Interview with Annie Zaidi

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  • Published 20150804
  • ISBN: 978-1-922182-90-6
  • Extent: 264 pp
  • Paperback (234 x 153mm), eBook

ANNIE ZAIDI IS a journalist and creative writer based in Mumbai. Since the publication of her first book – a collection of essays called Known Turf: Bantering with Bandits and Other True Tales (Tranquebar, 2010) – she has published short stories, poetry and two novellas. She has also written several play scripts that have been performed on stage, and a handful of short films that you can watch on YouTube. Zaidi is a keen observer of her own society, and her writing is guided by a strong sense of social justice: she has written about problems associated with India’s democratic process, its bureaucracy and infrastructure, and its cultural and caste prejudices. She is particularly interested in the unique hurdles faced by women. In her essay ‘Embodying Venus’, Zaidi creates a vivid picture of women and girls living and growing up in India today, where there is an entrenched culture of policing women that includes the ‘fetishisation and terrorisation’ of their bodies. ’Embodying Venus’ raises pertinent questions about what it means for women to be empowered and unashamed of their bodies.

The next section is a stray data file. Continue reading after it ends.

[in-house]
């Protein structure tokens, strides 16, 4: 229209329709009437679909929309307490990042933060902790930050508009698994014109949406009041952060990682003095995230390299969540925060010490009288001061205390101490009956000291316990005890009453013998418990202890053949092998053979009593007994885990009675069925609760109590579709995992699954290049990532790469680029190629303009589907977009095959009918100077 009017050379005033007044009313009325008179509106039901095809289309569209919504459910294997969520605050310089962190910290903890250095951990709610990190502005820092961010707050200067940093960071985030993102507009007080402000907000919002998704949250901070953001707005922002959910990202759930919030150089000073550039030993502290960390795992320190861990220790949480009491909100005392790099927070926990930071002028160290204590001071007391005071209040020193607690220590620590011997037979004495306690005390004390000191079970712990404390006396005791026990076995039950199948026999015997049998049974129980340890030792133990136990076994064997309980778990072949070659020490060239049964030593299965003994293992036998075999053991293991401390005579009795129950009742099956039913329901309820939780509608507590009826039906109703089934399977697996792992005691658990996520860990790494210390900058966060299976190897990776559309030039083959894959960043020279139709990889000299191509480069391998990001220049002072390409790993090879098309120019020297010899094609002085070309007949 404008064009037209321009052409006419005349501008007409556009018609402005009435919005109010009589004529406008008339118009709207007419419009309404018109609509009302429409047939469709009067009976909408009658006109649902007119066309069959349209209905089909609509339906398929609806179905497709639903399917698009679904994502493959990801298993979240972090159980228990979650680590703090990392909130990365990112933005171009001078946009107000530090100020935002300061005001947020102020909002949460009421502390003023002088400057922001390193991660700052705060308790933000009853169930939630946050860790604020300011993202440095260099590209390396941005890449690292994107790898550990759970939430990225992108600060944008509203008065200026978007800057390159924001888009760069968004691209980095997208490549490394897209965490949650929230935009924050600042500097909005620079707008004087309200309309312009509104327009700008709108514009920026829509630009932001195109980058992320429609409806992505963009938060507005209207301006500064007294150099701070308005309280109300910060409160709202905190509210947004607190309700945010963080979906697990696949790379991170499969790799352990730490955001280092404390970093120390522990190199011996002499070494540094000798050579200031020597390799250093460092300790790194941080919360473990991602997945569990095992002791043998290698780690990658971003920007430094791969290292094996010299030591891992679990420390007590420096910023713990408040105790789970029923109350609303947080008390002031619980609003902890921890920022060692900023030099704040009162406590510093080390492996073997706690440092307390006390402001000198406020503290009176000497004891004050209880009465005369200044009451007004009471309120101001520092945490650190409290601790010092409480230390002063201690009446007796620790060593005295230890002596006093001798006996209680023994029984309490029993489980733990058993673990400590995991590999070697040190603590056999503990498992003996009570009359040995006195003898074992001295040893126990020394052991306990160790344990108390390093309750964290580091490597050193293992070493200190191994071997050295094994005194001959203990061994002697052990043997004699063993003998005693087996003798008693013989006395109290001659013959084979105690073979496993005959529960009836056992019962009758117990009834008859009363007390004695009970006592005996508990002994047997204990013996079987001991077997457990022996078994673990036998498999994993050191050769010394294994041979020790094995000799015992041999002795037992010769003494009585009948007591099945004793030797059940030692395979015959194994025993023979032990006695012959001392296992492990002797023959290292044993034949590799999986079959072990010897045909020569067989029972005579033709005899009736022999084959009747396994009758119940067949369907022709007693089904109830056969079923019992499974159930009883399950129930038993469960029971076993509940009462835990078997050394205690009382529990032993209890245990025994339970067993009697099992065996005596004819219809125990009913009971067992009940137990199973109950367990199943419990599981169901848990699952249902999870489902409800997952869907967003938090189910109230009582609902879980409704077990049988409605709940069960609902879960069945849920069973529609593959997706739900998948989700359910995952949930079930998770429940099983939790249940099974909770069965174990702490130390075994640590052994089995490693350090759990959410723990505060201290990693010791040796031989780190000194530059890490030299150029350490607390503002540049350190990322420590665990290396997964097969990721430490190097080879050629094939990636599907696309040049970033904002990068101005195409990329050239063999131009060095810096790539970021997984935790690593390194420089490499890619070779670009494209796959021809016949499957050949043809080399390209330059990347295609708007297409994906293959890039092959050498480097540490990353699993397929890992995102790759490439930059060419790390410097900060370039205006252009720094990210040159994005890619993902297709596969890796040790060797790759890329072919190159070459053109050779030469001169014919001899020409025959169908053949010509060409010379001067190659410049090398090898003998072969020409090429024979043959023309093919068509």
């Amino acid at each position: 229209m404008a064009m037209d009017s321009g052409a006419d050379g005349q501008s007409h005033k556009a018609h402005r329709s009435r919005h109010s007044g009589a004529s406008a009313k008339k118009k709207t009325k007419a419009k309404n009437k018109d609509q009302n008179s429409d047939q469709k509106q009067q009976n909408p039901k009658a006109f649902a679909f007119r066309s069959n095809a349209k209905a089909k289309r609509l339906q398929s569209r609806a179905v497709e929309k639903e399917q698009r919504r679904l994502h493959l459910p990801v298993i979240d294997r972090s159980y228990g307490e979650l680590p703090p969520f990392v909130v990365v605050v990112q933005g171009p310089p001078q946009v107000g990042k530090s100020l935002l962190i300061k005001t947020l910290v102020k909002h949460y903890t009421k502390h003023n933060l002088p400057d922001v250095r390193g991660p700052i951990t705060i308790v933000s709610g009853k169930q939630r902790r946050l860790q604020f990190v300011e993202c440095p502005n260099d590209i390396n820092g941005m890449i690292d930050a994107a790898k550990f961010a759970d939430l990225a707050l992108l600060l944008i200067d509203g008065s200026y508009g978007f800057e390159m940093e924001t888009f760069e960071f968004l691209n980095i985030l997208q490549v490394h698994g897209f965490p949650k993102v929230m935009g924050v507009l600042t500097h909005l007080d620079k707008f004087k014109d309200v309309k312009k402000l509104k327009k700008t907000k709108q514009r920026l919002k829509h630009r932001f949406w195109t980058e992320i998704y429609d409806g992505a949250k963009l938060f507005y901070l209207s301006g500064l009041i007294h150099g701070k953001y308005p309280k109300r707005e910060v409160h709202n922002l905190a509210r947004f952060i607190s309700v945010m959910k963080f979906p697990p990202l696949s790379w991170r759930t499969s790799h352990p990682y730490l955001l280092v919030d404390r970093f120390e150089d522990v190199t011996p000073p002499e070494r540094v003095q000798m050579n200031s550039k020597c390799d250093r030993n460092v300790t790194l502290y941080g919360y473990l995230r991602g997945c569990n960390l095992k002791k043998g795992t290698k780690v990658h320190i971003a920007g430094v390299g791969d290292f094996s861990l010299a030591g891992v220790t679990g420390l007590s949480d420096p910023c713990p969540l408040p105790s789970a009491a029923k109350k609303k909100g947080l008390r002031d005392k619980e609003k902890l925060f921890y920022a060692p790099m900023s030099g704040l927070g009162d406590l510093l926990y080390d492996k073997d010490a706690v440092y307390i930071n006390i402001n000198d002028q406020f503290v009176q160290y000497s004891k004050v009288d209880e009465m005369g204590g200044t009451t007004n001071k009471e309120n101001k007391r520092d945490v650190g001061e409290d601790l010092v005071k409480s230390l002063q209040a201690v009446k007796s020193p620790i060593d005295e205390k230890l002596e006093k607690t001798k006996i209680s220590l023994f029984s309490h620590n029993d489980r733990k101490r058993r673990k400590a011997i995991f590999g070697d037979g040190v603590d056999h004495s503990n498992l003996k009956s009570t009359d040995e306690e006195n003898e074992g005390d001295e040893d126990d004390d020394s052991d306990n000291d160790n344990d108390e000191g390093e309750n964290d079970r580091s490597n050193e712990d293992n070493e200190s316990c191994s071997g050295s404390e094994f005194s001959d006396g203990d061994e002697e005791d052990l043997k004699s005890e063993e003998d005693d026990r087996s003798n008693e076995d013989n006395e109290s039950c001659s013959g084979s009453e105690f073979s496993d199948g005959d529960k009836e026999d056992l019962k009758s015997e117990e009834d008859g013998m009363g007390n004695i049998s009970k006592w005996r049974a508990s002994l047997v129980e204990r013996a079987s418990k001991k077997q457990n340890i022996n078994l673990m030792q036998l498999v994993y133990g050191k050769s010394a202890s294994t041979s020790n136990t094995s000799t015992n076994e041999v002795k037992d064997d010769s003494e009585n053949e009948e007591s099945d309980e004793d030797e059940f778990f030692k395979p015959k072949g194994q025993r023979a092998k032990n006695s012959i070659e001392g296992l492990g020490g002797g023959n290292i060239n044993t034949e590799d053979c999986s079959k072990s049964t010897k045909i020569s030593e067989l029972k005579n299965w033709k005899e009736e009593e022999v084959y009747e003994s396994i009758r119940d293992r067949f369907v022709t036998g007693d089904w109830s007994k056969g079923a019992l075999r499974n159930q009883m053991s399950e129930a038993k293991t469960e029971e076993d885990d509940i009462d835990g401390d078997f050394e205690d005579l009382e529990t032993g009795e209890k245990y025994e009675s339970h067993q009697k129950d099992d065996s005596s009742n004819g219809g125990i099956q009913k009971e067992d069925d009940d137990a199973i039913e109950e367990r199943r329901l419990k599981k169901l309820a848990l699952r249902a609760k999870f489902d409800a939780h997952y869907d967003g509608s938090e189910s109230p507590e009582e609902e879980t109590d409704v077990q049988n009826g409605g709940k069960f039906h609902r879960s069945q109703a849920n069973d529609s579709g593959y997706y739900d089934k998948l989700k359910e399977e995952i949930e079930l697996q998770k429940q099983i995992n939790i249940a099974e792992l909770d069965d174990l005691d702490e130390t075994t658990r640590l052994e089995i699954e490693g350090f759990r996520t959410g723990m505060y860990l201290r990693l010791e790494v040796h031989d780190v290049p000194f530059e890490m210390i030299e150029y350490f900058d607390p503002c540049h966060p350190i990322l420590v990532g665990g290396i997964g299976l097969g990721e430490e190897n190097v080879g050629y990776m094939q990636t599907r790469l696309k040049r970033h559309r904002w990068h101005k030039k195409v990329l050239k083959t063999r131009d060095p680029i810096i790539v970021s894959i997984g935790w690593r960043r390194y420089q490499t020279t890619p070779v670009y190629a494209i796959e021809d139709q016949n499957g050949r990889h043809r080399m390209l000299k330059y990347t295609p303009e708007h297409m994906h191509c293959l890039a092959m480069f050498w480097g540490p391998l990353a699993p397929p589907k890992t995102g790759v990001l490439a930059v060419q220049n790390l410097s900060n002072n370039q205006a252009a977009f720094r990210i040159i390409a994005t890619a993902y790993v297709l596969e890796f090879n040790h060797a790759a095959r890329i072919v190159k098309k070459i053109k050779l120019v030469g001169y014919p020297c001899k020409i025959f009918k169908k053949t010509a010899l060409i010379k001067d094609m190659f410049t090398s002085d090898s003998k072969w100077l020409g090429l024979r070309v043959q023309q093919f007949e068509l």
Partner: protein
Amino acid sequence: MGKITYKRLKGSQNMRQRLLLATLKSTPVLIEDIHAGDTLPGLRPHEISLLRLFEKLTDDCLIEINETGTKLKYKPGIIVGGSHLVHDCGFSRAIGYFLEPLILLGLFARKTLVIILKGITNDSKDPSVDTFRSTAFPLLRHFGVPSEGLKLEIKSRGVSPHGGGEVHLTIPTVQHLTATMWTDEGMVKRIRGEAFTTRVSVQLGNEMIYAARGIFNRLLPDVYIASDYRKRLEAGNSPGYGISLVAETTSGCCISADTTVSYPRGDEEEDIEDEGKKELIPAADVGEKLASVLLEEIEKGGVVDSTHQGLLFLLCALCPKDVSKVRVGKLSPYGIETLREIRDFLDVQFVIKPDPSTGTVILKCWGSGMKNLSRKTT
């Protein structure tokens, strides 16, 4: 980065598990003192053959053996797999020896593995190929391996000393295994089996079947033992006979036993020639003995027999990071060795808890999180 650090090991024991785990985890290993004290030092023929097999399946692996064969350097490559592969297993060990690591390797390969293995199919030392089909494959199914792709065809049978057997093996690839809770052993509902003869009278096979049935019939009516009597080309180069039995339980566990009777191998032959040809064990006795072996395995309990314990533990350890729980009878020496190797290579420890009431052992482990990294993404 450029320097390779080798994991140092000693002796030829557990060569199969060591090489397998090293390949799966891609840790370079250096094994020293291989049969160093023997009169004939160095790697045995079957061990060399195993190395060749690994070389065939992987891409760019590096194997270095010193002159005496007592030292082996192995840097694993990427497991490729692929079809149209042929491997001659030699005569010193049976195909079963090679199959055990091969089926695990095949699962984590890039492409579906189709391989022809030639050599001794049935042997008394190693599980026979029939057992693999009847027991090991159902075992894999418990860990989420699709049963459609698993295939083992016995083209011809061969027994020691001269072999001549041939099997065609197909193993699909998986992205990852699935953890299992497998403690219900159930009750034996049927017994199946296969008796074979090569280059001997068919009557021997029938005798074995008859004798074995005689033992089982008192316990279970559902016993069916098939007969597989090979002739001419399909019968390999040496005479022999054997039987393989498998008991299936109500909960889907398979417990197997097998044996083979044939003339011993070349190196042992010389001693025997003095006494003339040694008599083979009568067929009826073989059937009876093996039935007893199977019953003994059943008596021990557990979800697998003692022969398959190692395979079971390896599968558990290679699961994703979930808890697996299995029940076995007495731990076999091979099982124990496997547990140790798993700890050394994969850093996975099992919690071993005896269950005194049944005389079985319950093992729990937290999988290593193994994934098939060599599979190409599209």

I know that you grew up with literature in the home. Your grandfather was a famous Urdu writer, scholar of Indian literature and freedom fighter for India’s independence in the 1930s; your mother, a schoolteacher and principal, has also written poetry. At college in Rajasthan, you were already writing poetry and drama skits, which you followed with a degree and career in journalism. What has writing meant to your family? How did your family’s appreciation of liberal arts and values affect your own practice of writing?

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